Wigan manager Leam Richardson wants to reinforce the call for people to have CPR training after striker Charlie Wyke credited him with saving his life.
He reacted fastest when Wyke, 28, collapsed in training on 22 November after suffering a cardiac arrest.
Only three weeks earlier Richardson was given CPR training at the club.
"It is important that we make as many people aware as possible that the training is out there," he told BBC Sport.
The incident was one of a number over the past few weeks, with matches at Newcastle, Watford and Southampton all halted as fans required treatment.
Thankfully, all survived.
Richardson added: "If the person next to you, or two seats behind you has the knowledge to save someone's life and this interview or Charlie's situation can save another life in the future, it is worthwhile talking about it. It is something I will be mindful of and be trying to drive in the near future."
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'It was in slow motion'
Richardson describes seeing Wyke collapse as "a surreal, out-of-body experience".
It was then that his training kicked in.
"Everything is like slow motion isn't it?" he said. "You put into practice what you have been told and just hope you are doing the right thing. You are hoping you have the tools and the mindset to deal with the situation."
Richardson's reactions meant Wigan doctor Jonathan Tobin, who was also on duty for Bolton the night Fabrice Muamba collapsed during an FA Cup quarter-final at Tottenham in 2012, was able to take charge until an ambulance and fast-response paramedic team arrived.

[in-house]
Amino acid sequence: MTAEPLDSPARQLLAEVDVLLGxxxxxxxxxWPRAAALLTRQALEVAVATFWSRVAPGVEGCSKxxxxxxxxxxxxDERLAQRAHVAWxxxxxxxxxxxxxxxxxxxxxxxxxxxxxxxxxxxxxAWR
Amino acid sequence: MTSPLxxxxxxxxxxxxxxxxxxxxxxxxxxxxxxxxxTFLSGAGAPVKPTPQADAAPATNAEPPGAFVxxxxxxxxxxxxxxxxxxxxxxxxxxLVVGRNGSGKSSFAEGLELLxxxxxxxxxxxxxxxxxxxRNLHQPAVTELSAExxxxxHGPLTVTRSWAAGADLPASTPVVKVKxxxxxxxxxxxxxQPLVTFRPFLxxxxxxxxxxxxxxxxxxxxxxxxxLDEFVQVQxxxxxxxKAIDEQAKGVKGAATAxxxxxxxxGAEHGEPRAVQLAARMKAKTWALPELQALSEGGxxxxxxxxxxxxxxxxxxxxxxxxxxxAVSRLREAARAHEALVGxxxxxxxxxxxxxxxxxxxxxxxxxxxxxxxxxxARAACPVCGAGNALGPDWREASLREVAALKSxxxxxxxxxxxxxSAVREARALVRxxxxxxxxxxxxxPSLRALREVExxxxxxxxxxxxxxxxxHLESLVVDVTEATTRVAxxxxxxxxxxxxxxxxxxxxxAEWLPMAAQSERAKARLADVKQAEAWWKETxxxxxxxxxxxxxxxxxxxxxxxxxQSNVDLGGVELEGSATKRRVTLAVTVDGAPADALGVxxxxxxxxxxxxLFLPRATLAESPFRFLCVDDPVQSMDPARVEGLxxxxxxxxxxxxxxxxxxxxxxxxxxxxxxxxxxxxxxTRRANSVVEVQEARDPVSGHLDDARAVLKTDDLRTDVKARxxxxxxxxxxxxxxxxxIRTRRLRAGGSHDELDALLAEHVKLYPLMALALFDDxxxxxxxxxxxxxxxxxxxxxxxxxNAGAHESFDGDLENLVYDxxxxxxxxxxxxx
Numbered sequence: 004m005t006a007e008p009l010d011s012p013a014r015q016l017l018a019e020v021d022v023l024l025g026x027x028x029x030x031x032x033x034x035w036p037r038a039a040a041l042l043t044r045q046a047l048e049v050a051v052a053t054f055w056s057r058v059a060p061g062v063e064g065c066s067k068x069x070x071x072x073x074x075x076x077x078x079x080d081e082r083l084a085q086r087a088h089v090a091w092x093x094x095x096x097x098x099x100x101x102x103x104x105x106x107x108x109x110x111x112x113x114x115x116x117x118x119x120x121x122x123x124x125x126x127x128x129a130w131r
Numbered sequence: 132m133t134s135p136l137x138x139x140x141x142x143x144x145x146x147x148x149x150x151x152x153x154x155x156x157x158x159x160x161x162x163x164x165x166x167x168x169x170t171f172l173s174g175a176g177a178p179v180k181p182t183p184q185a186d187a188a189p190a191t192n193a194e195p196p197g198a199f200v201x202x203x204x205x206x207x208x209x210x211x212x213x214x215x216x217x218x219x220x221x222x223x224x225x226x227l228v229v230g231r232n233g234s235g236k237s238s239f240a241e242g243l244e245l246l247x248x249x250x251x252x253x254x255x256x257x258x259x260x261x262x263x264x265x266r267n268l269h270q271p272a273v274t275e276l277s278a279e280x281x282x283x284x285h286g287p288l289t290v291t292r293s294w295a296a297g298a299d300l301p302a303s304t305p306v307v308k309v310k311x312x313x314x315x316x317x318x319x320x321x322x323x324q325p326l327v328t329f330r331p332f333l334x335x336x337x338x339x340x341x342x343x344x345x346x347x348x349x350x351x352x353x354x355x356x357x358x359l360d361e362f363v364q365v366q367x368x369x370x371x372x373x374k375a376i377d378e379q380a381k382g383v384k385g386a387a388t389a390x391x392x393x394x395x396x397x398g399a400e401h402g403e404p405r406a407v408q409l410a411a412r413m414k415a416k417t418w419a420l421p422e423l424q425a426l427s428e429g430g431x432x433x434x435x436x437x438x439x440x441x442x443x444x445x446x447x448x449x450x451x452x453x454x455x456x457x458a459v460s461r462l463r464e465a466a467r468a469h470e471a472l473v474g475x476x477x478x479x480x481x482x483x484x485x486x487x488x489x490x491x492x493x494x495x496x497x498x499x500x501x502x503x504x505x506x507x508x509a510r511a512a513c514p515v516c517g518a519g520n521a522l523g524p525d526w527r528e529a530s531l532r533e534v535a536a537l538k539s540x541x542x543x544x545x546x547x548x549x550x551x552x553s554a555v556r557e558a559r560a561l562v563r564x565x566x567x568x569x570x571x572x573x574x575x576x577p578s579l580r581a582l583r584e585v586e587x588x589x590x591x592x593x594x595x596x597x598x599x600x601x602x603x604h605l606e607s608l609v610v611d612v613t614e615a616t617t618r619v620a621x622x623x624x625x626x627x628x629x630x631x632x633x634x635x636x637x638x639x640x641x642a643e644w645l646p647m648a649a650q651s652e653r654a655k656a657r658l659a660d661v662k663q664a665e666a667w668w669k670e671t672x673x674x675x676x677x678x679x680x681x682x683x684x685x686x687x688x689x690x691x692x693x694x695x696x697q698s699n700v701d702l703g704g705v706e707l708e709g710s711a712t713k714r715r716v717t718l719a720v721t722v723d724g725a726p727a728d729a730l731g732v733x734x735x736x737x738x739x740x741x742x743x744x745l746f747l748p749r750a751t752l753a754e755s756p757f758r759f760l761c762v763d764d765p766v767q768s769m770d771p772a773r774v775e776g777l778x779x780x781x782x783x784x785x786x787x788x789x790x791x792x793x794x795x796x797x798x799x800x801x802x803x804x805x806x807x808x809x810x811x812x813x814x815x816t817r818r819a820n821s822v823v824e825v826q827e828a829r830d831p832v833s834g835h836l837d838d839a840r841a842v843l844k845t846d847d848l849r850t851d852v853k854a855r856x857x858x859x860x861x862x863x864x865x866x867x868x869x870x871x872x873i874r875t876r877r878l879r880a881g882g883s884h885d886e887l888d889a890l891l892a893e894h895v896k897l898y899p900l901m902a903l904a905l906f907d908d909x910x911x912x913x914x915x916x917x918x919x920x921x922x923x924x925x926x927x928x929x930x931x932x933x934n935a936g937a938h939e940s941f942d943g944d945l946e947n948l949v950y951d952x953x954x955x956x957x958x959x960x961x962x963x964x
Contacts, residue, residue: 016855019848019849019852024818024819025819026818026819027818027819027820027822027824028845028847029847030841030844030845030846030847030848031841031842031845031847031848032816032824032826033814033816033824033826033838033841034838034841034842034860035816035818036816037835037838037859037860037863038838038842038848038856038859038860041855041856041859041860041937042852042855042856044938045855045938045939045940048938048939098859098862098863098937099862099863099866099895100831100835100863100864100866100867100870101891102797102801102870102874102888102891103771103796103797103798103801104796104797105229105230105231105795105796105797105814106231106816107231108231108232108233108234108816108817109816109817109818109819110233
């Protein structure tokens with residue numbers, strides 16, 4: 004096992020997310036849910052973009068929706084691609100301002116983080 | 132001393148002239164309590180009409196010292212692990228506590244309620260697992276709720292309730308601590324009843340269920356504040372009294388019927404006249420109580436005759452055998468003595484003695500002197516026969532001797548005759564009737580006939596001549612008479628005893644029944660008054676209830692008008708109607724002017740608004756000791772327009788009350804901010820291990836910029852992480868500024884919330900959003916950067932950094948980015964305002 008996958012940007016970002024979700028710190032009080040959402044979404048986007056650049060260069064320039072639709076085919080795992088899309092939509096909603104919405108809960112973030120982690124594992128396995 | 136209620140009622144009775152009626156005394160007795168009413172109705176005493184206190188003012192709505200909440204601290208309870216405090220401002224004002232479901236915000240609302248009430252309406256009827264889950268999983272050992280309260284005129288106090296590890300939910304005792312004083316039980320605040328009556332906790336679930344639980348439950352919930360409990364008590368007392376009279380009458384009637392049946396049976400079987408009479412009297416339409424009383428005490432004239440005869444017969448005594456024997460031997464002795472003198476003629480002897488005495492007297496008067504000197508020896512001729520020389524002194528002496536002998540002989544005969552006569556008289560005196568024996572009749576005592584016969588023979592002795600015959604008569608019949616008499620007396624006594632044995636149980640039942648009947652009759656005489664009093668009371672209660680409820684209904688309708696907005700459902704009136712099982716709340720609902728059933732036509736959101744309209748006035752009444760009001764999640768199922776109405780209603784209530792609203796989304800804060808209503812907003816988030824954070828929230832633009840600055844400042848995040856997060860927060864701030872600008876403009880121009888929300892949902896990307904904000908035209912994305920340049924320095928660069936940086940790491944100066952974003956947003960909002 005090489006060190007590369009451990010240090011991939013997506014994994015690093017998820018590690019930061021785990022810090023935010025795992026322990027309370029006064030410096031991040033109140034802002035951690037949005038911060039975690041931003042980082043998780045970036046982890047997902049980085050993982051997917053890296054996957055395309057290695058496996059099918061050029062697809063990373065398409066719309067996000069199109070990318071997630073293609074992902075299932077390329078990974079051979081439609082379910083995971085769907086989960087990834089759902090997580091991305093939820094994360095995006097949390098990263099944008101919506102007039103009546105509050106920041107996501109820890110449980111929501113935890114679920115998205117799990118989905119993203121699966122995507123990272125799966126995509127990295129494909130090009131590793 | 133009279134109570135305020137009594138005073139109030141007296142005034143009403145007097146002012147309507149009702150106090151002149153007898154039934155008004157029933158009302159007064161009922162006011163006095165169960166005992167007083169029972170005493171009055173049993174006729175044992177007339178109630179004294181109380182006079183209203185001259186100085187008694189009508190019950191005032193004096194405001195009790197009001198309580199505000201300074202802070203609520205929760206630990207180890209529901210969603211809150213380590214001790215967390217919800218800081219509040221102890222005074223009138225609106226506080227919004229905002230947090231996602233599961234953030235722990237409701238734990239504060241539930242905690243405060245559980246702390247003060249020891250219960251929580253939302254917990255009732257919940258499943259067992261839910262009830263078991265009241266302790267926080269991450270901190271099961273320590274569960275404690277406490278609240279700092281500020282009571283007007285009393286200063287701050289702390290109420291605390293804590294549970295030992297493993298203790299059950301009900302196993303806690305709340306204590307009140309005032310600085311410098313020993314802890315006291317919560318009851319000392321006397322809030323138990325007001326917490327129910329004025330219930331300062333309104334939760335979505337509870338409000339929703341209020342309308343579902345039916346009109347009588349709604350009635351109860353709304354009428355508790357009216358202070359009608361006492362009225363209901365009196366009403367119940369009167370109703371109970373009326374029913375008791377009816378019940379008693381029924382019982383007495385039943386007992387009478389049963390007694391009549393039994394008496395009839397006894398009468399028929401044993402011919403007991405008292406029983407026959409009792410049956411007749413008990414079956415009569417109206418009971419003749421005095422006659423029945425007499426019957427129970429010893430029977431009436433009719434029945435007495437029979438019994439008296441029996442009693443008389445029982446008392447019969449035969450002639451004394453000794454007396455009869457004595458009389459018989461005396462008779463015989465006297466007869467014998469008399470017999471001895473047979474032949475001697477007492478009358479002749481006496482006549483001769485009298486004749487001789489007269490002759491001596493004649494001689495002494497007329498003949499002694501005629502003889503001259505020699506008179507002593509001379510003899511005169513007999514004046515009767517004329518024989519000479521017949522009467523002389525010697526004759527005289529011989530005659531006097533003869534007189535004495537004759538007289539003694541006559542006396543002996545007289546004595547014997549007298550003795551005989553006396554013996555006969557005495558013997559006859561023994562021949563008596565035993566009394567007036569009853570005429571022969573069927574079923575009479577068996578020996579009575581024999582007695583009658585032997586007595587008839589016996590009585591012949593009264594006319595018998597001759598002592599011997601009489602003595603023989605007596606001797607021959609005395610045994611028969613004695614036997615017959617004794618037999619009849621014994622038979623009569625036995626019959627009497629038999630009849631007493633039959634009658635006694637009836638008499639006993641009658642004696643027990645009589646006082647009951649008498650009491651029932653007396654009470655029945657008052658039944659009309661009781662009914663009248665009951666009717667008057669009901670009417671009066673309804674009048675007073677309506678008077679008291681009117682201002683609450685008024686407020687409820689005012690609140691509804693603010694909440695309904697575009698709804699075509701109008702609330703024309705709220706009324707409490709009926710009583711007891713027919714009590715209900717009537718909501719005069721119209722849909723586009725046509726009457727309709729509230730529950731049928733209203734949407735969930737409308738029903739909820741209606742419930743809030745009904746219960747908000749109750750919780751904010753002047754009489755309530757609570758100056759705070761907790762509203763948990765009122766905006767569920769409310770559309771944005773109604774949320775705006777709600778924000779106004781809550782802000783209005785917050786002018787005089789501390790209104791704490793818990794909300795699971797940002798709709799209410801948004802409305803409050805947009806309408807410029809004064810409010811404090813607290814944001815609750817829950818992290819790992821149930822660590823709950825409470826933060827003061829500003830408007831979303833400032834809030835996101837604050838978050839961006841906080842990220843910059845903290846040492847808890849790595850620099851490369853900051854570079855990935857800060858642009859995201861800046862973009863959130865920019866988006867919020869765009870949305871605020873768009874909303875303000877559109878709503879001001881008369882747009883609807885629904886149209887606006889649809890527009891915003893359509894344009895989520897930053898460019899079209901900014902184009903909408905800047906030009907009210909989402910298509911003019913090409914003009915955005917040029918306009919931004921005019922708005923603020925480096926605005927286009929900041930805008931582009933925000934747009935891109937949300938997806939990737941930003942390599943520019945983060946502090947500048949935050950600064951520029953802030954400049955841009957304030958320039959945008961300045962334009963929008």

"Mark, the paramedic at our club, had put a session on for cardiac respiratory training and first aid," said Richardson. "It is never a good thing, but three weeks later it was getting put to use."
Family more important
Wyke is now back at home with his wife and son and is due to visit Wigan's training ground on Tuesday to see his team-mates.
It is not entirely clear at this stage whether Wyke will be able to play again.
And while Richardson accepts it is natural that the former Sunderland forward, who joined Wigan in the summer, will be targeting a comeback, he believes there are more important issues to focus on than football.
"It is great being a footballer," he said. "I had the privilege myself. Only a small percentage are able to do that.
"But it is even better to go home to your children and your family and give them a cuddle. Thankfully Charlie has been able to do that."
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